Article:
Dandruff treatment and prevention strategies can be divided into three categories:
- dandruff shampoos
- lifestyle changes
- hair care
For some people, using a shampoo that’s targeted at treating dandruff is enough to treat and prevent flaking.
It’s important to read the instructions carefully — some shampoos are for daily use, while others should be used less frequently.
If one type of shampoo isn’t effective or loses its effectiveness over time, try another kind.
If a shampoo causes side effects — such as redness and irritation, or a rash — stop using it immediately and speak with a medical professional.
Over-the-counter (OTC) shampoos that contain the following types of ingredients may help reduce or prevent flaking:
- Pyrithione zinc. Helps destroy bacteria and fungus on the scalp. Shampoos with this ingredient, also known as zinc pyrithione, are appropriate for most hair types.
- Coal tar. Slows the process of skin cell death on the scalp. These shampoos may cause some discoloration to light-colored hair.
- Salicylic acid. Treats excessive oil on the scalp. Many shampoos with this ingredient can be used every day, while others are recommended for use 2 to 3 times a week.
- Selenium sulfide. Fights fungus on the scalp. This ingredient can cause some hair discoloration if you don’t thoroughly rinse your hair after washing.
- Ketoconazole. Also fights fungus, and this type of shampoo is available OTC and in prescription strength.
A healthy lifestyle can also benefit your scalp health in several ways. In particular, try to:
- Manage your stress, as high levels of stress can weaken your immune system and exacerbate certain skin conditions, like seborrheic dermatitis, eczema, and psoriasis.
- Eat a healthy dietthat includes plenty of omega-3 fatty acids, zinc, B vitamins, and probiotics.
If you’re prone to dandruff, you may need to make some changes to your hair care routine and the products you use. Consider these strategies:
- Limit hairstyling products, including hair dyes, which may irritate your skin or leave oils and chemicals on your scalp that may increase your risk of developing dandruff.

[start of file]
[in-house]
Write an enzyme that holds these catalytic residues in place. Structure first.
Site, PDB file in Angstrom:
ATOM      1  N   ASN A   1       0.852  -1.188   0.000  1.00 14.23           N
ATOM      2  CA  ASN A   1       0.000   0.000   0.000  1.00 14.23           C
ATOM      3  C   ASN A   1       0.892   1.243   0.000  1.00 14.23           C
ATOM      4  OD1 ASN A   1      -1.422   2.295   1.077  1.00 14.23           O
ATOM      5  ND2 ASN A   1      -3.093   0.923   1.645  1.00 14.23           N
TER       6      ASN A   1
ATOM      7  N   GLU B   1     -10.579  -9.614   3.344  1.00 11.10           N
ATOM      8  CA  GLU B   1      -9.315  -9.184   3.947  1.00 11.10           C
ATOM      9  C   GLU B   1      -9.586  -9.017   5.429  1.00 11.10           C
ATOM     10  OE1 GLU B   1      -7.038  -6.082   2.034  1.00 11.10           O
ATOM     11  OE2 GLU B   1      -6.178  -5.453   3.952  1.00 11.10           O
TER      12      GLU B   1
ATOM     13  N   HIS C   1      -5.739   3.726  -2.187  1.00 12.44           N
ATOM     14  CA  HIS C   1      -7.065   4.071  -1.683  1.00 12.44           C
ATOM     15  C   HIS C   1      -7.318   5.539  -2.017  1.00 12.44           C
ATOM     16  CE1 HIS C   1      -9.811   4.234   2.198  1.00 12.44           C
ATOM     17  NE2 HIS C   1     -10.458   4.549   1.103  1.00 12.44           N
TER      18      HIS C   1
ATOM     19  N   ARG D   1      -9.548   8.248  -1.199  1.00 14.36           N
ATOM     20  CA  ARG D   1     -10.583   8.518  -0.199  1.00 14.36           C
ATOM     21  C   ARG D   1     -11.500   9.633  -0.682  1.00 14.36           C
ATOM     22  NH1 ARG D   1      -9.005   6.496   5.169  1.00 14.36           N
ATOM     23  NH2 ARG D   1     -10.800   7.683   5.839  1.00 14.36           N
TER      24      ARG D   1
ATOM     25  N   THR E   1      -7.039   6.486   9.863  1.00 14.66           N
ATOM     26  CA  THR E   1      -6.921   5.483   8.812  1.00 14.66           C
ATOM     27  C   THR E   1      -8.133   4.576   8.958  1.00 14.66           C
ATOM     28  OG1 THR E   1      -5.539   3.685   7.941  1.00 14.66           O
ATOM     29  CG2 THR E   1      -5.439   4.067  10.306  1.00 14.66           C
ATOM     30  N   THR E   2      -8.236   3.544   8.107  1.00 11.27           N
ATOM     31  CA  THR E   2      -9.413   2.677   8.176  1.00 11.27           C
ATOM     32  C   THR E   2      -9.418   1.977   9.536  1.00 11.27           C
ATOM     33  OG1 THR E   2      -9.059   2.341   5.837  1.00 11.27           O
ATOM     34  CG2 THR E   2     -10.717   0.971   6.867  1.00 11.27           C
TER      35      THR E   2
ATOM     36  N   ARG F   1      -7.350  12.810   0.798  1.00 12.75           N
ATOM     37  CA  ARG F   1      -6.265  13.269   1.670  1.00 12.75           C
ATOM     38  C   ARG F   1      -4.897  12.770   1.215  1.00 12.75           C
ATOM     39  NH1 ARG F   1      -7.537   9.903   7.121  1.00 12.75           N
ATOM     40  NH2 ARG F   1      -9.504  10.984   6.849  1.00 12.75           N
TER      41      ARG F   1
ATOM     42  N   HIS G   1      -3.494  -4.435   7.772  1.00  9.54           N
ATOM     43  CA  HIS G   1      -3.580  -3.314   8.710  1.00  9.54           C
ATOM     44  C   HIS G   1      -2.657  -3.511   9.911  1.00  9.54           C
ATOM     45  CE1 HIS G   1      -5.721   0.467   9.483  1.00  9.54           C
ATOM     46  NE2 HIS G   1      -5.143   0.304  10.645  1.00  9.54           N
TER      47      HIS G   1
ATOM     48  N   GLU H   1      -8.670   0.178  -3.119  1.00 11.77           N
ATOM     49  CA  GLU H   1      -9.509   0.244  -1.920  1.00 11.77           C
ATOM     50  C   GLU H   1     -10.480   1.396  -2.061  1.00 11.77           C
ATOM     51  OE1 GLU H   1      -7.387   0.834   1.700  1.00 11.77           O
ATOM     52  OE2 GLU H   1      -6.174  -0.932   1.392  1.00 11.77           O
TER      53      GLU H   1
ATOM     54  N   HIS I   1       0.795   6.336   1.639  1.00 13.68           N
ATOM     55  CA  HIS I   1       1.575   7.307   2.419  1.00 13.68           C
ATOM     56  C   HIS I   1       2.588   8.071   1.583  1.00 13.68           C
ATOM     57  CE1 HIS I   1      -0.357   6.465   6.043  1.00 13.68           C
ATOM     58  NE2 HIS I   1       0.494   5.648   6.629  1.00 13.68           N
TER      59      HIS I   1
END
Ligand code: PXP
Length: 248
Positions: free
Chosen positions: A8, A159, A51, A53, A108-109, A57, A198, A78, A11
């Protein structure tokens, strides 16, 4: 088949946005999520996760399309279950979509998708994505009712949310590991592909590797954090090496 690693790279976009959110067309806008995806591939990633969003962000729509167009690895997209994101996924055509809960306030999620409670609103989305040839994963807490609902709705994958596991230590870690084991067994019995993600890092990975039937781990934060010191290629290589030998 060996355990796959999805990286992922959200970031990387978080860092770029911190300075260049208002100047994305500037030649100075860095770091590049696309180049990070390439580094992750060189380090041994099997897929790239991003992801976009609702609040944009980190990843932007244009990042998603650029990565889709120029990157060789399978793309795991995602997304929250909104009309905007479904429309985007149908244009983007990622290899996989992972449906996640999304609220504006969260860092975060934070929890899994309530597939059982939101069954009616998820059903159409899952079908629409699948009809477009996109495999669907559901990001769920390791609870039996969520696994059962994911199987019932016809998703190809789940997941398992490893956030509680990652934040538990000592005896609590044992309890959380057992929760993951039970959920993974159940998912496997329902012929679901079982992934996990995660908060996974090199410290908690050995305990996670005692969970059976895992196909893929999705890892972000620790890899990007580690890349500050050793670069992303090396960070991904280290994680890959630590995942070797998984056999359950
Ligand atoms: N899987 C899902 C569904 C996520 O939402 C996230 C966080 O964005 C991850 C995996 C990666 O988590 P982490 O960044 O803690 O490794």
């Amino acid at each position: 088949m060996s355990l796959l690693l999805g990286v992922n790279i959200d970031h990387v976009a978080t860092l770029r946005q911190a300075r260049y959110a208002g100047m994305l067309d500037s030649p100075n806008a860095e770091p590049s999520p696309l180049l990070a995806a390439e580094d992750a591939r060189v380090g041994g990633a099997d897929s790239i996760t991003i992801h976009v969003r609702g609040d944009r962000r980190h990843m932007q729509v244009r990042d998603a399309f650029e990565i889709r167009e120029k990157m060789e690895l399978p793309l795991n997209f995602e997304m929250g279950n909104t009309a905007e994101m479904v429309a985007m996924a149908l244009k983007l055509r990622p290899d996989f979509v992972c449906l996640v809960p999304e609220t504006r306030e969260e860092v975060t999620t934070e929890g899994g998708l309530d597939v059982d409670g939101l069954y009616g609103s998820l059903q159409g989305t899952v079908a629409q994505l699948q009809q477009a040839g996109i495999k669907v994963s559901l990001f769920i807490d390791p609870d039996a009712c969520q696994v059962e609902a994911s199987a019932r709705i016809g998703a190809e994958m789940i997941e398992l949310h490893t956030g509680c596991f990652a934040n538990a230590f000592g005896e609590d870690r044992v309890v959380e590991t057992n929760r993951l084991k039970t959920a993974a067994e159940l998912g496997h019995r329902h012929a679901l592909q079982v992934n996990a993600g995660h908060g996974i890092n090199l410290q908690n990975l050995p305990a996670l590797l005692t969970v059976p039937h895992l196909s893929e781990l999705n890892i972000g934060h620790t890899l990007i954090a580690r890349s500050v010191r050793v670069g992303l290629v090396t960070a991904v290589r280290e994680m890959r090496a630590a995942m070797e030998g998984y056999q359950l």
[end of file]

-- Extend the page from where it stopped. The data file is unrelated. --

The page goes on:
- Avoid hot water. Use lukewarm water instead to wash your hair.
- Shampoo regularly with a gentle shampoo, or a shampoo that contains dandruff-fighting ingredients, and be sure to rinse thoroughly.
A mild case of dandruff usually doesn’t warrant a doctor’s evaluation and treatment. There are some situations, though, that require prescription-strength shampoos or other medications.
If you notice changes to your scalp that are more serious or that don’t go away with self-care treatments, follow up with your healthcare provider or dermatologist.
Some symptoms that could be a sign of a condition that needs medical treatment include:
- ongoing redness or irritation
- a rash that doesn’t go away
- persistent scaling
- extreme itchiness
- flakes that don’t clear up with OTC shampoos
If you have a skin condition such as psoriasis or eczema that affects one part of your body and you also have dandruff, let your doctor know. Together with your doctor or healthcare provider, you can determine the best course of treatment for your dandruff.
Although dandruff flakes often look alike, they can be caused by different types of scalp conditions. Paying close attention to the appearance of the flakes, the condition of your skin and hair, and other possible symptoms may help you figure out what type of dandruff you have.
Dandruff can often be treated with an OTC antidandruff shampoo as well as changes to your hair care routine. In some cases, prescription shampoos may be necessary to help get rid of those pesky flakes for good.